From Santa Claus to KFC: Tracing the origins of modern Christmas traditions
Every year, families who celebrate Christmas decorate their tree and hang stockings in anticipation of the arrival of Santa Claus. But what does this have to do with the religious holiday itself?
Exactly how a celebration of the birth of Jesus became what it is today is difficult to trace, yet there are some clues to the cultural origins of modern Christmas celebrations, says U of T Mississauga history of religions professor Kyle Smith. While it’s hard to identify a single moment it all began, the second half of the 19th century is when some significant changes in the celebration of Christmas occurred, he says.
“Dutch immigrants to the United States, specifically to New York, are really important for the history of Christmas,” Smith says.
As immigrants from the Netherlands, Germany and other parts of Europe arrived in New York, they brought with them their own Christmas traditions. Because North America and Europe are situated in the Northern Hemisphere, where December is a cold month, those traditions reflect that.
Santa Claus is an obvious feature in modern Christmas celebrations. His origins relate to the Catholic St. Nicholas of Myra. In the Catholic Church, St. Nicholas’ feast day is Dec. 6, close to Christmas time. Known as a “gift giver,” he’s been venerated since late antiquity.
But the story of how the saint became Santa involves Dutch immigrants. The Dutch had their own tradition of a figure named Sinterklaas – based on St. Nicholas. Sinterklaas visits families during their Christmas feasts to offer gifts, as per Dutch tradition.
Nineteenth-century American book illustration for poem Twas the Night Before Christmas by Clement C. Moore (1779-1863) (Photo by Corbis via Getty Images)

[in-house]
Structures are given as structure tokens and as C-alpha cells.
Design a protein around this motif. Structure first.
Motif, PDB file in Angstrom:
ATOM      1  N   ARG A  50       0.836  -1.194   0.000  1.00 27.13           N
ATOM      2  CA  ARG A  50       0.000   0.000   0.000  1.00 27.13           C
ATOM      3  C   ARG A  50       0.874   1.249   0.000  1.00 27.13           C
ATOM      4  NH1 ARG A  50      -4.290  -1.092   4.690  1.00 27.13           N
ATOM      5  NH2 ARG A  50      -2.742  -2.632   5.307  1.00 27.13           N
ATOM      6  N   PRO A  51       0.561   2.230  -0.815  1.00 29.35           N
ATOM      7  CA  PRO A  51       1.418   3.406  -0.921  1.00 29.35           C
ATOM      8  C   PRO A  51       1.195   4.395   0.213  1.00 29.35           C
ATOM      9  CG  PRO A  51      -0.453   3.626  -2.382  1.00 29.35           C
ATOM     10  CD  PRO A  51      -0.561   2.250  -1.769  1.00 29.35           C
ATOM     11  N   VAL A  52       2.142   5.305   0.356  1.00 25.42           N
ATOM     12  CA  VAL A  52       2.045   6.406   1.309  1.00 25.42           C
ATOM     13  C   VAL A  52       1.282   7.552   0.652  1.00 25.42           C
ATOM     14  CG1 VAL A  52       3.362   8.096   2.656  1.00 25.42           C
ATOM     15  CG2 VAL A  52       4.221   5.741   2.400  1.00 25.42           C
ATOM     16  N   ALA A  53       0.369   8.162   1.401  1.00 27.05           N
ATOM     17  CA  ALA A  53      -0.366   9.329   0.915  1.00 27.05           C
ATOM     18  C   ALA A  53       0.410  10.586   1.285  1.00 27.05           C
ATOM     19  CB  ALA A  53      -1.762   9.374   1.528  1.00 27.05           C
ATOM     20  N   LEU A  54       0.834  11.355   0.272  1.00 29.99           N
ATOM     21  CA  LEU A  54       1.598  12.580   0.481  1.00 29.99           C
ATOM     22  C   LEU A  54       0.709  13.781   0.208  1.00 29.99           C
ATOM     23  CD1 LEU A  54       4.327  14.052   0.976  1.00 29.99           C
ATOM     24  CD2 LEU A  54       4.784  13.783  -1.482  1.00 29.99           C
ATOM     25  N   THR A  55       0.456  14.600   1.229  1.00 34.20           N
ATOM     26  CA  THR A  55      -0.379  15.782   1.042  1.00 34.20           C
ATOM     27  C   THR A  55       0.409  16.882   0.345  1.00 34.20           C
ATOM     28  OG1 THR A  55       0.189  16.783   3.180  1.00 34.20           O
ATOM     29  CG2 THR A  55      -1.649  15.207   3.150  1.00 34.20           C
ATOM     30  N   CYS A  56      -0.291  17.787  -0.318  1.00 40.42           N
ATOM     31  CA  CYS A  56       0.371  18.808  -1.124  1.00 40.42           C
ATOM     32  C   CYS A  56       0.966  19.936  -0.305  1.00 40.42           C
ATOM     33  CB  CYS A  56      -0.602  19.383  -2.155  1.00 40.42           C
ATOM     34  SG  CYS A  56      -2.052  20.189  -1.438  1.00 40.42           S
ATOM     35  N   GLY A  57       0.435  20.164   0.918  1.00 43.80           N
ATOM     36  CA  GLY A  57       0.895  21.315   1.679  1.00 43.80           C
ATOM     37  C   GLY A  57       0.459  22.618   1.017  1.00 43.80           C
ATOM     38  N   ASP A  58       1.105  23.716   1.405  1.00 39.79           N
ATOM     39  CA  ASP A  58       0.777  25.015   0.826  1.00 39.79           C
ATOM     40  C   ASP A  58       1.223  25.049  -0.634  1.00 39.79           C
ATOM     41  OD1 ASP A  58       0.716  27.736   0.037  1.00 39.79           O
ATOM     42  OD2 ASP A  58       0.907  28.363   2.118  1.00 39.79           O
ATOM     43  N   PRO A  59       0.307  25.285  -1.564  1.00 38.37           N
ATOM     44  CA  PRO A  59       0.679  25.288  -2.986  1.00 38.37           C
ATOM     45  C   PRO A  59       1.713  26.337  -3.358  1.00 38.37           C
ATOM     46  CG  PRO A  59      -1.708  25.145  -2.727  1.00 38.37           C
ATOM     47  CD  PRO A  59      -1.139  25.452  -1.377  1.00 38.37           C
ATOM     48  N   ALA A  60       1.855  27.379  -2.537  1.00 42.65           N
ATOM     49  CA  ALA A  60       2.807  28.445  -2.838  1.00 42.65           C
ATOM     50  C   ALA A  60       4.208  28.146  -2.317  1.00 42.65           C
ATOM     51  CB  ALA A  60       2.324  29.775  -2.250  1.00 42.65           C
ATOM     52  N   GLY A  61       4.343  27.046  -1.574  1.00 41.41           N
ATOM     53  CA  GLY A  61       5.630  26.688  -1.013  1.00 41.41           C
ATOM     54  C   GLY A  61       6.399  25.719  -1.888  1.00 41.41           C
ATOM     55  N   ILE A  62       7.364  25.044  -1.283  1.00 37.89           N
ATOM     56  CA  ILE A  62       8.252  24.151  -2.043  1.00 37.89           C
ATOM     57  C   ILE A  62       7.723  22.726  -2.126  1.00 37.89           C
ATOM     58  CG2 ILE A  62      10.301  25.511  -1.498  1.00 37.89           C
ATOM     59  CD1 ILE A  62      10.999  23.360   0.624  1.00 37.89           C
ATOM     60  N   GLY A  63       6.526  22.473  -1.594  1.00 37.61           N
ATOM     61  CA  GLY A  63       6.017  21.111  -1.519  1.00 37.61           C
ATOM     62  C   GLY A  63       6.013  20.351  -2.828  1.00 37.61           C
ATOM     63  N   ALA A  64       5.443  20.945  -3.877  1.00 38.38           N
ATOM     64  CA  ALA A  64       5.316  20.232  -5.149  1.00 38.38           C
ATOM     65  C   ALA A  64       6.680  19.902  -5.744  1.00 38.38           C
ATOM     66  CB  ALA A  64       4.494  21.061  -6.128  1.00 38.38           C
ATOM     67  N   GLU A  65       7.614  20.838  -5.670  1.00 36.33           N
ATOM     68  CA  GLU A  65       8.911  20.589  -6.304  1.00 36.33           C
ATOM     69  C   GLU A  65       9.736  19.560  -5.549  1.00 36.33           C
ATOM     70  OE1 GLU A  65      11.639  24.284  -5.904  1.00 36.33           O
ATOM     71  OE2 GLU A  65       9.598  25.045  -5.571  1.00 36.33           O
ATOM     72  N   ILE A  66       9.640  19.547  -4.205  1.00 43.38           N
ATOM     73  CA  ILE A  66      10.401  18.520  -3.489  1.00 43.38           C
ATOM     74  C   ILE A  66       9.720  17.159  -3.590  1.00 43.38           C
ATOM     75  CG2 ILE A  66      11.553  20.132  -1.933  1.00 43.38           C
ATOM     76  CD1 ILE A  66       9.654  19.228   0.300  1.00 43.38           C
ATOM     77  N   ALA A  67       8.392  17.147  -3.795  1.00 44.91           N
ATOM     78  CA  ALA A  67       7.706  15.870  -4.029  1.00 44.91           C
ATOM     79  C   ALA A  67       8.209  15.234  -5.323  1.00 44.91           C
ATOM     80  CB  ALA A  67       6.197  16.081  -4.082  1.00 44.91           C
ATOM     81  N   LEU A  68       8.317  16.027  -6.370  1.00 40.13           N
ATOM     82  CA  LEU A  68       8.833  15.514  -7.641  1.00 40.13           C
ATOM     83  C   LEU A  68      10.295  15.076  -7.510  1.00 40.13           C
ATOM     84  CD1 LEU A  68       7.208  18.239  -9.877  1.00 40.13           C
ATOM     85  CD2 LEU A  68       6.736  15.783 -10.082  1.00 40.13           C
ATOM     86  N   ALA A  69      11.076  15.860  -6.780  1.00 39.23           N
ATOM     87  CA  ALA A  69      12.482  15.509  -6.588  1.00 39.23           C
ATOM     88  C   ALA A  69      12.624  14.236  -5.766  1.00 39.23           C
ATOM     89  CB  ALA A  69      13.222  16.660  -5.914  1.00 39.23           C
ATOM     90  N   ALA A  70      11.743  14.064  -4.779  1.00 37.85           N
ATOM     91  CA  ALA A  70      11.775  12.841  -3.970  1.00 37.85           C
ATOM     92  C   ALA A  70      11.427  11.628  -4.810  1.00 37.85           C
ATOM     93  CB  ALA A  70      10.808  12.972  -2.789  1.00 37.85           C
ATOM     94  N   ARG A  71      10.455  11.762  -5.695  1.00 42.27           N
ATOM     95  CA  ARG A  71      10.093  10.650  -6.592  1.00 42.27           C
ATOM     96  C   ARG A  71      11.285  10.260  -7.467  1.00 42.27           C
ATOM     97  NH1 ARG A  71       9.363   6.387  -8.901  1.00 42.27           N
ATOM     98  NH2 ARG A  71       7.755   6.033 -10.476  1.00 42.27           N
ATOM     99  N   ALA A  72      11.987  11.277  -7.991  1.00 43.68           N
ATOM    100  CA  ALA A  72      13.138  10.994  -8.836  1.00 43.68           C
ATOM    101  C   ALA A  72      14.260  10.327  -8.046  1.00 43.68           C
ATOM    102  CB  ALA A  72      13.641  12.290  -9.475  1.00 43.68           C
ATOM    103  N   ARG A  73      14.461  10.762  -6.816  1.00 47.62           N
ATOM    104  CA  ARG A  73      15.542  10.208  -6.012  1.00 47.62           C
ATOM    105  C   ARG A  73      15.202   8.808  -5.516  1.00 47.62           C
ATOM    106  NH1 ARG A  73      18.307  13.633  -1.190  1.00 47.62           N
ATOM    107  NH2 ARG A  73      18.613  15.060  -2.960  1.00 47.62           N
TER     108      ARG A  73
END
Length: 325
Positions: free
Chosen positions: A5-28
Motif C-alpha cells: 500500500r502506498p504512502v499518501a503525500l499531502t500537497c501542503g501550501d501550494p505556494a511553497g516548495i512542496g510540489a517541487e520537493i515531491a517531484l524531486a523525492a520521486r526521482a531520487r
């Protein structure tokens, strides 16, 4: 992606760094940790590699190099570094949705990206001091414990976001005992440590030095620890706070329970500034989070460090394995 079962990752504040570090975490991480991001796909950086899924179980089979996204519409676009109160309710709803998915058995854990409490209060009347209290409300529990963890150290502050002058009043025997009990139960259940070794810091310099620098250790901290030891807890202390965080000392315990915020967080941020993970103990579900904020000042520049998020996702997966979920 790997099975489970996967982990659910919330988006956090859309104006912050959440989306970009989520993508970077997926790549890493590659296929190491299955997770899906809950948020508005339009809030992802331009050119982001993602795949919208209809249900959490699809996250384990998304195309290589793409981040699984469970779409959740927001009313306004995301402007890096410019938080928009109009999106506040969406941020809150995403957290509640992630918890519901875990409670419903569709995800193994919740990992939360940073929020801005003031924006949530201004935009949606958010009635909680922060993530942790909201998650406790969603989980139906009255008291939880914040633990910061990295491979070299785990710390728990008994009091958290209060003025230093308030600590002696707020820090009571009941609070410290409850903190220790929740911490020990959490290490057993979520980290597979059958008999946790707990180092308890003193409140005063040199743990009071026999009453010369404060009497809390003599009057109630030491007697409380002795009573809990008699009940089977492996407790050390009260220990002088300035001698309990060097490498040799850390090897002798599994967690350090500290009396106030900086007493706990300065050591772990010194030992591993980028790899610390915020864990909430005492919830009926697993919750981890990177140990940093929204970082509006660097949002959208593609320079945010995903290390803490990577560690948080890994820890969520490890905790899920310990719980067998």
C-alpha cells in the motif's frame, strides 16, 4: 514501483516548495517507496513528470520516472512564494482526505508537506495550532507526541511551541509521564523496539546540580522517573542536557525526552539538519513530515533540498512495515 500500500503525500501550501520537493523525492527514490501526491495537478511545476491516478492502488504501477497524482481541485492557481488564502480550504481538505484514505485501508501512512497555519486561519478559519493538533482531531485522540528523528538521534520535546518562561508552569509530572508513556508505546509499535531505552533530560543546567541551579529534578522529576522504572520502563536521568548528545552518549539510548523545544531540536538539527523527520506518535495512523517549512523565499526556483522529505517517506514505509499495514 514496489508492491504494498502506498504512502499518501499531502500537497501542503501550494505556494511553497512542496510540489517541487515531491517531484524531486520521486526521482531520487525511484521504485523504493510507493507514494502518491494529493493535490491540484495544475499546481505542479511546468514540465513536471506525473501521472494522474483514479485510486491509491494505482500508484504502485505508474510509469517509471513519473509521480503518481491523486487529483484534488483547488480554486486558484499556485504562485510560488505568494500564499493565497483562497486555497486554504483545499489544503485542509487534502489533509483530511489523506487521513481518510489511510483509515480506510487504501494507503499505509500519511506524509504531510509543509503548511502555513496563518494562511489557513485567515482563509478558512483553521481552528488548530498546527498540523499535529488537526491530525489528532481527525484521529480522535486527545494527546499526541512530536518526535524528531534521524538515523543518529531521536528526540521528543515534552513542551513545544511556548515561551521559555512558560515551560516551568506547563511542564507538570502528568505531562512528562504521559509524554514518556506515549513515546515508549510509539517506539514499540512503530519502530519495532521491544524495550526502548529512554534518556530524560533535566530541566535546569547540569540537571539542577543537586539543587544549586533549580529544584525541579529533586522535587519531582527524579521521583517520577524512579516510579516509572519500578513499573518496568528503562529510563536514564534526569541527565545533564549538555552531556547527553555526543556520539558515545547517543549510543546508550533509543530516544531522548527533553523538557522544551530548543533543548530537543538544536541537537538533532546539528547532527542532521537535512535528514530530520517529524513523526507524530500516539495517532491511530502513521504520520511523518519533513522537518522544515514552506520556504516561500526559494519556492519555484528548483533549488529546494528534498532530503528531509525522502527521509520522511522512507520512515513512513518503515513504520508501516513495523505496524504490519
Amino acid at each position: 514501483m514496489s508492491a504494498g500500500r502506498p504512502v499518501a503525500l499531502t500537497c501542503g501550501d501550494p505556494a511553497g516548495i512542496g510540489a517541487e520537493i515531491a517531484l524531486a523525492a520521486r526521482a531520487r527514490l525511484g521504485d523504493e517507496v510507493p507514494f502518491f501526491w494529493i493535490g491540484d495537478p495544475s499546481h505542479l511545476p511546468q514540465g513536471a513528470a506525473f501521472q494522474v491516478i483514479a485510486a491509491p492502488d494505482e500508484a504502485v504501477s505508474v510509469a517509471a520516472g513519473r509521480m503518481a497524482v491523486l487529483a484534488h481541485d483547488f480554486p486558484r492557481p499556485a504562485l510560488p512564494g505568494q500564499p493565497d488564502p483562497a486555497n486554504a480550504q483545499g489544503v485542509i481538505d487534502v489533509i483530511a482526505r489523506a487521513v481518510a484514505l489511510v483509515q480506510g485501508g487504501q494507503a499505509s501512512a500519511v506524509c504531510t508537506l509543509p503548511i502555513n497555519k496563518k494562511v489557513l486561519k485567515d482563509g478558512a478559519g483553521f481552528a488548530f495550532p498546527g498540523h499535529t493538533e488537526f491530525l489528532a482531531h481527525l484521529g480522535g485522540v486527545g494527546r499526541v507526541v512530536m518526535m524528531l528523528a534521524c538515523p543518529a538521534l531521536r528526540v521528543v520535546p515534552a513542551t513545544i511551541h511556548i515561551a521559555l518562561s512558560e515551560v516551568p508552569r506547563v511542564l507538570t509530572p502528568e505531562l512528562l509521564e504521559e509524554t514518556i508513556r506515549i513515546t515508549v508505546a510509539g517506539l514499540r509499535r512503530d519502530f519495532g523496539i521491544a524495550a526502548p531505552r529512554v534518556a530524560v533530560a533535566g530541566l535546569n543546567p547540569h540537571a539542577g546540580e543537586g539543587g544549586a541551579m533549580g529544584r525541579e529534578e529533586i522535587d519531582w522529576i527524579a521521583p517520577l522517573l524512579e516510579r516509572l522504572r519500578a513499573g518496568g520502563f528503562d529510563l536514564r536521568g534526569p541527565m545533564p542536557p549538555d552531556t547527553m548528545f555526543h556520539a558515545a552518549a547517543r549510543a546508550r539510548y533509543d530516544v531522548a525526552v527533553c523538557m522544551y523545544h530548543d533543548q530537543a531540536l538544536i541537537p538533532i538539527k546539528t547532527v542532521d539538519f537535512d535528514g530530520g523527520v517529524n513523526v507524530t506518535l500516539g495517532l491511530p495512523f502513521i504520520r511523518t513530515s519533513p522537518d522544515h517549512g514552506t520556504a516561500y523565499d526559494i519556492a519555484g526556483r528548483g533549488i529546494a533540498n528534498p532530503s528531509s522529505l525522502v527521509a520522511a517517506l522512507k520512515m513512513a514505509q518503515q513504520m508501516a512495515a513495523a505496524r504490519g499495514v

As the Dutch arrived in New York – where an explosive literary culture took hold of the idea of Sinterklaas – stories and images of Santa Claus began to spread. Works penned in the United States by Washington Irving and Clement Clark Moore (‘Twas the Night Before Christmas) and in England by Charles Dickens (A Christmas Carol), among several other writers and illustrators, helped lead to Christmas taking a newer, commercialized form.
“It has to do with European immigration to the United States and this sort of creation happening in New York through a number of different writers and illustrators,” Smith says.
Moore’s stories developed ideas of Santa being an elf with reindeer who comes down the chimney. While Dickens’ stories, notably A Christmas Carol, drove the celebrations to be focused on children’s gifts and domestic feasts.
Santa Claus, as he is known today, first appeared in Harper’s Magazine in 1863 in an illustration by Thomas Nast. He’s shown as a plump elf with a beard and a hat, and of course, is a gift-giver.
“It’s completely fair to claim that Santa Claus is an American invention,” Smith says.
But one of the first Santa Claus parades took place in Toronto in 1905, and was held as a promotional event by Timothy Eaton for his department stores.